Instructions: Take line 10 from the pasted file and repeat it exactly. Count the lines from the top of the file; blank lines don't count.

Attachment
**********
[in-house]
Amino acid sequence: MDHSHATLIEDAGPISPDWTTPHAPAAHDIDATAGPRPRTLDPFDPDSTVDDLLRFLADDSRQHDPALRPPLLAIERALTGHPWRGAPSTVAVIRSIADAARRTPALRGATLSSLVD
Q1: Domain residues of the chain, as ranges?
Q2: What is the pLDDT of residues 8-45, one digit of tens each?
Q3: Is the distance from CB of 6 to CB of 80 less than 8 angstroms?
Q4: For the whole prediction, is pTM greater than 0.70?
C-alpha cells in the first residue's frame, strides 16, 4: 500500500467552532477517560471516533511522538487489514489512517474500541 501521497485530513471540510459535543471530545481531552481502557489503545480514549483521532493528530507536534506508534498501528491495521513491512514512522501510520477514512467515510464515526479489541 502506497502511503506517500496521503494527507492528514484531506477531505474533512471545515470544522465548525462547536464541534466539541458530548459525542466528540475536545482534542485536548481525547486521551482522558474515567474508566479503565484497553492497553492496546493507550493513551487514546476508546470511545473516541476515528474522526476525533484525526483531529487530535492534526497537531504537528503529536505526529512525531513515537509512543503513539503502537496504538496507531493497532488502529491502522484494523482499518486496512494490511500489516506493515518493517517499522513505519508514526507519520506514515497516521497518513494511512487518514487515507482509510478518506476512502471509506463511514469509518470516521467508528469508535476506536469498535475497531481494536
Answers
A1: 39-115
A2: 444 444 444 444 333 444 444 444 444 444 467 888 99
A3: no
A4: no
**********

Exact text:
A2: 444 444 444 444 333 444 444 444 444 444 467 888 99